Throughout the day we are often caught up in trains of thought that are so compelling we become totally absorbed. It is as if the present moment disappears. Imagine your body sitting on a bank by the river, your thoughts would be like the boats that float by. However, often we don’t choose which boat to board, we just wake up, on a boat, far downstream and wonder: “how did I get here”?
These trains of thought, (or boats of thought) are powerful, as if we are dreaming awake. And yet, at some point, no matter how far downstream, we always wake up. We always come back to the present moment. What force or impulse calls you back again to the present moment? What or who wakes up?
Consciousness? Awareness? This force or element of the mind can be our greatest ally in seeking to better our lives, to grow and expand our intelligence, wisdom, and compassion. With the cultivation of awareness, we can begin to choose which boat we board.
The ability to notice, and appreciate, the moment you wake up to the present, and are once again on the river bank, is usually best practiced in meditation. Because our days are busy and hectic, the subtlety necessary to begin to notice and prolong this change in consciousness is usually begun in an environment of purposeful, temporary withdrawal. As the tendency to awaken is strengthened, it can be brought into everyday life.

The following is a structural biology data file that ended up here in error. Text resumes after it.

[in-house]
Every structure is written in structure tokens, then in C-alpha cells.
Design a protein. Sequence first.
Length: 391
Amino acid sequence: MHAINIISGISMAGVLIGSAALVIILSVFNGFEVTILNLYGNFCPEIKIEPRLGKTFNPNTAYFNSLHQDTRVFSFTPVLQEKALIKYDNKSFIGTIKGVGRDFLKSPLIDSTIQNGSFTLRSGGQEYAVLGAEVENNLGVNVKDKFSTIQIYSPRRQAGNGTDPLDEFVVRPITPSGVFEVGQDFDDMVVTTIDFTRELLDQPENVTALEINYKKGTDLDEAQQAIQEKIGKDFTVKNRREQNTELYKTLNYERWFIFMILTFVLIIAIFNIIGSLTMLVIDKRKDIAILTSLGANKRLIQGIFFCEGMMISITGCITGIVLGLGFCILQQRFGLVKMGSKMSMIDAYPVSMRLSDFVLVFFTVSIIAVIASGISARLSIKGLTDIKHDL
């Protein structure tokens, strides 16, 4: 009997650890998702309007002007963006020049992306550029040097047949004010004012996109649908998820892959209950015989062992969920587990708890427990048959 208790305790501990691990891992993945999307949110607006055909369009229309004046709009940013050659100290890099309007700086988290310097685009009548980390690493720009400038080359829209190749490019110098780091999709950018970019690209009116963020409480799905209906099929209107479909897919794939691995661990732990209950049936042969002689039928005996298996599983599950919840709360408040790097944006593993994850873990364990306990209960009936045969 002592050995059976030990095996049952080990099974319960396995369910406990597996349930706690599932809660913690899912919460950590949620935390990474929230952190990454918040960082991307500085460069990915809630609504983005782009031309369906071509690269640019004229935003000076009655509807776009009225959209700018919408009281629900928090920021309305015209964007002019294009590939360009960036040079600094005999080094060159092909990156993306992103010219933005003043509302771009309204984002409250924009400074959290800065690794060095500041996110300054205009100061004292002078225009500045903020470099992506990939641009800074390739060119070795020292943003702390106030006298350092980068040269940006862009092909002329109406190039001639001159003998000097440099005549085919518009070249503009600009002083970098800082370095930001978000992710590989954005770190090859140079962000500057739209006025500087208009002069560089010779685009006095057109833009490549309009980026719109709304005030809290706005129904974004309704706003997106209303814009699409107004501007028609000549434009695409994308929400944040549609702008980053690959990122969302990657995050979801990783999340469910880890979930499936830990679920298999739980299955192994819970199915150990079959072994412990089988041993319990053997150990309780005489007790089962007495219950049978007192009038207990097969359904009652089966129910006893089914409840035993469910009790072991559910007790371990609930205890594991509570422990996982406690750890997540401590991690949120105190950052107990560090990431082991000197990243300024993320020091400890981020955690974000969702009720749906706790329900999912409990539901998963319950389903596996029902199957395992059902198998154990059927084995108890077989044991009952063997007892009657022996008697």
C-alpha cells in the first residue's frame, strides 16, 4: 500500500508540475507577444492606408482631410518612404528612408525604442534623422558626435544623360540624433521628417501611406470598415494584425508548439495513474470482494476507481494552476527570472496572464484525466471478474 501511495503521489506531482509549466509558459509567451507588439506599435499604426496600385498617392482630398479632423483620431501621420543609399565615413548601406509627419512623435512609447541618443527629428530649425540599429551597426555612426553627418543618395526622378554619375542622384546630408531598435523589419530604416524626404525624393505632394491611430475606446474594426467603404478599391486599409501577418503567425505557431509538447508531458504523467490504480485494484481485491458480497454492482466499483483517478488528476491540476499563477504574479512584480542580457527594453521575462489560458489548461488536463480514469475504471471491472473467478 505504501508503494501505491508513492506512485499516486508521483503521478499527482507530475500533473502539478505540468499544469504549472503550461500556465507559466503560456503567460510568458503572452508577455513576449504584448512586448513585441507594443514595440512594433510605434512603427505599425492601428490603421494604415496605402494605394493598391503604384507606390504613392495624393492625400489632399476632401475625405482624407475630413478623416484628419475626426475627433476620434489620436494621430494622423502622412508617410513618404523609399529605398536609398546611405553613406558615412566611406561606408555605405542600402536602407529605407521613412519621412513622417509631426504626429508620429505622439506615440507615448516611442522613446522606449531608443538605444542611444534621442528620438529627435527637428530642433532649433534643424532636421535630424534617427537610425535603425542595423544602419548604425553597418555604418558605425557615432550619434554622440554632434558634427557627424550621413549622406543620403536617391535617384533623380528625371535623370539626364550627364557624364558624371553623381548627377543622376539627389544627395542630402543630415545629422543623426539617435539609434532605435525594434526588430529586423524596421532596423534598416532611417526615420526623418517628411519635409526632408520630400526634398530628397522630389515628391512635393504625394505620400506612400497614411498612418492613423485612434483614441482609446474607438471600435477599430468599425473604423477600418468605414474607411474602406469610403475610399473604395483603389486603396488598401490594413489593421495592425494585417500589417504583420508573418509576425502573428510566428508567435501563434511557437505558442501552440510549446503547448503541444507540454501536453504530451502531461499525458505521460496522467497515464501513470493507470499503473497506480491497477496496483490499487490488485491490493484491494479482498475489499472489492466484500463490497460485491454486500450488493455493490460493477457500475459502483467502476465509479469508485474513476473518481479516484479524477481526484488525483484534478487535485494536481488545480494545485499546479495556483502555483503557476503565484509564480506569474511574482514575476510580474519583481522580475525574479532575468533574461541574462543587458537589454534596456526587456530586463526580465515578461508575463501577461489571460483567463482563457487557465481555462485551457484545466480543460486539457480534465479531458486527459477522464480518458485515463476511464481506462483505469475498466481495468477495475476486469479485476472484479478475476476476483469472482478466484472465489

In mindfulness, we can first take note of what it like to be “lost” in thought vs what it is like to be “found,” or conscious and present again. As we compare these states, we usually find that to be present feels more relaxed, focused, at ease, and connected. We begin to notice not all “boats of thought” are productive, many are even destructive. We can expand the mind’s natural ability to wake up from the dream of discursive thought, of the mind’s tendency toward stories and air castles. When we do, it is as if we have become enlightened, if even for a few seconds.
With practice we can begin to make choices in our lives, both large and small, from the place of wakefulness, awareness, mindfulness, of being present rather than from the egoic mind, the mind lost in what-ifs and the pains of the past, the mind that is engaging with the world of our fantasy, no matter how real that constructed world seems. It is the world built on a small point of view, in a limited place, frozen in time. The expansive, present mind, builds no such construction, but simply exists with awareness.
There’s nothing wrong with the egoic mind. The ego is necessary for us to function, to know what is other’s and what is mine. However, the egoic mind is a limited resource, with limited vision. It makes patterns and drives those patterns deeper. This limits creativity, flexibility, and wisdom, and the ability to use intelligence in a manner most conducive to constructive change in our lives.
So I invite you to take a seat on the bank, enjoy the freshness of the present, and begin the journey of awakening.